FIRST ARRIVING NETWORK
First Arriving Network
Powered by the First Arriving Network, Reaching 1M+ First Responders Worldwide

Close call helmet-cam video: Power line narrowly misses firefighter in Brooklyn, OH.



Do you want to sell a rig? Click HERE to find out how with SellFireTrucks.com.

This is helmet-cam video from Jeffrey Lee jlee5232 of the City of Brooklyn (OH) Fire Department at a house fire on December 24. You wll see a close call with the electric service to the house at about 4:07 in the video. Here's the description with the video:

On 12.24.13 the City of Brooklyn Fire Dept. responded to a working fire in an attached garage with a vehicle inside. All occupants escaped with one receiving minor injury.

OH Brooklyn close call garage fire

Click here to follow STATter911.com on Facebook (hit “like”)

OH Brooklyn close call garage fire 2

SHARE THIS

Comments - Add Yours

  • CDM456

    A couple of questions for helmet can man. Why would you walk down the driveway to look at a working fire only to walk back and grab a preconnected line that you could have taken with you the first time? This is the same as an EMS crew not bringing a gurnney with them on an EMS call. Did you think your bitchin' helmet cam was going to put the fire out? What craftsman starts a job but doesn't bring his tools? I'd fire a plumber or any repair man who showed up and didn't bring his tools. Think smarter.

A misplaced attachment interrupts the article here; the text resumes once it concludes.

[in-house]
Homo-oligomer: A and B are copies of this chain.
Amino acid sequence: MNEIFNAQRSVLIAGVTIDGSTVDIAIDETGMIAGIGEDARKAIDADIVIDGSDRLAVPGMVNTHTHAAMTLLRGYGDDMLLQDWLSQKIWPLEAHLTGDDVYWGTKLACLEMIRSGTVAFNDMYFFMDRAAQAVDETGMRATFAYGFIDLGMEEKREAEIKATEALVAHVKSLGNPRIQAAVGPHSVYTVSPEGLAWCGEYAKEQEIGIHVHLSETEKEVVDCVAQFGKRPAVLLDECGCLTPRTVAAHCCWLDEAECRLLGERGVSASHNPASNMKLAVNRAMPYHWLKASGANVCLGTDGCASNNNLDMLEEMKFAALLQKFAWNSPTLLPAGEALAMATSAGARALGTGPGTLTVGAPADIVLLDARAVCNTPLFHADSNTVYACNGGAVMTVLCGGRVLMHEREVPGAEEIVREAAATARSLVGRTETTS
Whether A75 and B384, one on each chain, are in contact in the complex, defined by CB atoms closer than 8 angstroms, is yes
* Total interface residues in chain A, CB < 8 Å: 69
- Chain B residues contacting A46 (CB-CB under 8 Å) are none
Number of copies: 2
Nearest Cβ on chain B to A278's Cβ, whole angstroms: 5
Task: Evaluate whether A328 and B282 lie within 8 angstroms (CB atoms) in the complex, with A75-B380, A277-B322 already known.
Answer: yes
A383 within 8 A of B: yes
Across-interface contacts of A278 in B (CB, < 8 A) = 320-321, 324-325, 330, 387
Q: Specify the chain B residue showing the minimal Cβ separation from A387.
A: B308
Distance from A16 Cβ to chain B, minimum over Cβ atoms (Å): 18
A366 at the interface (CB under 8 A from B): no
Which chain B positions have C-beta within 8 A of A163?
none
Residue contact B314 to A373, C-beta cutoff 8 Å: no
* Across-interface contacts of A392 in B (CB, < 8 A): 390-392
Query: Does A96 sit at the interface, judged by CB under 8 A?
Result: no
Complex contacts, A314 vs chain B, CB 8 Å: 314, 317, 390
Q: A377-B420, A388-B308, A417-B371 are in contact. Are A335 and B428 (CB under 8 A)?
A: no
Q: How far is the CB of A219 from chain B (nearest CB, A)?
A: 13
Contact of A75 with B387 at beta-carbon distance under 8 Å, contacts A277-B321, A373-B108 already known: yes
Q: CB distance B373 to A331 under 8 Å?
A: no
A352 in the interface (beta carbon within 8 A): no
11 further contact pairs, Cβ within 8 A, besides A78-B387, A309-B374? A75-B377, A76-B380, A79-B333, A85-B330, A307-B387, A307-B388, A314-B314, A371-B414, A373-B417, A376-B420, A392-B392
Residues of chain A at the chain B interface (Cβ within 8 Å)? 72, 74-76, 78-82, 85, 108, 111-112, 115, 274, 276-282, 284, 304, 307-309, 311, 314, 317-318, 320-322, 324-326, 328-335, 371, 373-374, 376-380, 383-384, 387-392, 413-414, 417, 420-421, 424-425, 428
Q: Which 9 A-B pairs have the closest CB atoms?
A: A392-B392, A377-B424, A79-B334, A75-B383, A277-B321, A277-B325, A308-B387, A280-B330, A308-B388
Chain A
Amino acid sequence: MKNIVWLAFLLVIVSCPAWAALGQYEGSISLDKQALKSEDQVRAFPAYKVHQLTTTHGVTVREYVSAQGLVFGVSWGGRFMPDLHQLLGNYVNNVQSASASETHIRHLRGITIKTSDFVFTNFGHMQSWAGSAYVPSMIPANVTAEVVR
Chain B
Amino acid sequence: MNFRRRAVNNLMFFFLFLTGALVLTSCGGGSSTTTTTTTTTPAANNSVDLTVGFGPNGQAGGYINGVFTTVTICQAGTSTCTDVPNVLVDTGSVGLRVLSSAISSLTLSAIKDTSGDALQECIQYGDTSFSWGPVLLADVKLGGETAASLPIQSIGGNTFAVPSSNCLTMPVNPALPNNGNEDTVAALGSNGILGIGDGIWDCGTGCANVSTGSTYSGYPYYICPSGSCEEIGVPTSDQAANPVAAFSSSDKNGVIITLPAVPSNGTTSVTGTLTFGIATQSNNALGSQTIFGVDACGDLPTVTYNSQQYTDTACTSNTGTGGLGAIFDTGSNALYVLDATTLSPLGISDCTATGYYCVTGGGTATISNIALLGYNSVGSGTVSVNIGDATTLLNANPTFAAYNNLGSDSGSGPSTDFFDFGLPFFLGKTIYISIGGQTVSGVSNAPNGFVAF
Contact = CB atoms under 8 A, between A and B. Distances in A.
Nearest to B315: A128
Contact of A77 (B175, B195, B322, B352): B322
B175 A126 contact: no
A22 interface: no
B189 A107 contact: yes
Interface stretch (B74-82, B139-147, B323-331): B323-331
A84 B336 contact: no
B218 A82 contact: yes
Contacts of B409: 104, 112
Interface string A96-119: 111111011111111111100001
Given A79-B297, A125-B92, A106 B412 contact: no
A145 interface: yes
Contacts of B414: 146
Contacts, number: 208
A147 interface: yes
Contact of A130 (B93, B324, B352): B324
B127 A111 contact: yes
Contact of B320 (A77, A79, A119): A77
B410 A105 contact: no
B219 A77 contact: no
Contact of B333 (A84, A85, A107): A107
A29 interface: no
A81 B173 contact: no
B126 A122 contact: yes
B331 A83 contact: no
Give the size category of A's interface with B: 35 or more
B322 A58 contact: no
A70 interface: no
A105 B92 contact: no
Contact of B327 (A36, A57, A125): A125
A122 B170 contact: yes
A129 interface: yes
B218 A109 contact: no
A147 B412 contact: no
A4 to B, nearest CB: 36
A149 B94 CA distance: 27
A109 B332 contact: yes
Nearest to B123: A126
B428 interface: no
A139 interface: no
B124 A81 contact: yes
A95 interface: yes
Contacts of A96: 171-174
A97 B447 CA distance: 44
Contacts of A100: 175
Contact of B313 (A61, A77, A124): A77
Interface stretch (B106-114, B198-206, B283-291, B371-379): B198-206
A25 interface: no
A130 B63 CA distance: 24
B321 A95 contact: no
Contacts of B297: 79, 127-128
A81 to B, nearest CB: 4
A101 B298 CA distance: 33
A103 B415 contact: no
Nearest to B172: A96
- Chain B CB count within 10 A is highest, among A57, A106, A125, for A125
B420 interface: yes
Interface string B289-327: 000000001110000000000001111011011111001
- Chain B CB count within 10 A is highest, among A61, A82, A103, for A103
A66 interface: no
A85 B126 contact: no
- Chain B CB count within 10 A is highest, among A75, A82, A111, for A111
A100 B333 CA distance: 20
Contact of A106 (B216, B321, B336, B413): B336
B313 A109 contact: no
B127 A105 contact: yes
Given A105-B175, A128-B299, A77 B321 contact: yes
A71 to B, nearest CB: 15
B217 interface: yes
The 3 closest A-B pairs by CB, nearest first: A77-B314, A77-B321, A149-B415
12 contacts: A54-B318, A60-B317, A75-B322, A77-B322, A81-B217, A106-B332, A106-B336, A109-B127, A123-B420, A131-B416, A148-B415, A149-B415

Why wait to apply water to the exterior fire thats impinging on the residence? Does letting the fire burn out of control while standing there doing absolutely nothing give the homeowner standing behind you a sense of security and trust in his local firefighters?

    If you're going to stand there and wait for "two" more, why not shut down utilities and make the scene a little safer? An exterior job that can be done prior to a second unit arriving.

    Just because we have a two-in two-out policy doesn't mean you can't be creative without entering a structure. Knock the fire down. I am happy you did not get hurt, but that scenario was caused your delay in attack. The "Contemporary" fire model is putting firefighters at risk. The longer we wait to do something the larger the fire gets and the larger the risks grows.  A rapid common sense attack, a nozzle at the door would have done so much to spatre the residence. Granted the garage may be a loser until more units arrive, but we ( the fire service) must do more to show the taxpayers we are capable or thier trust and we are proficient.

    • Still Smiling

      Well stated.

    • AArdvark

      Quick question. How can someone shut down the utilities from the outside ??? The wires are still gonna burn and the lines will still have power from the pole.

       

      • Still Smiling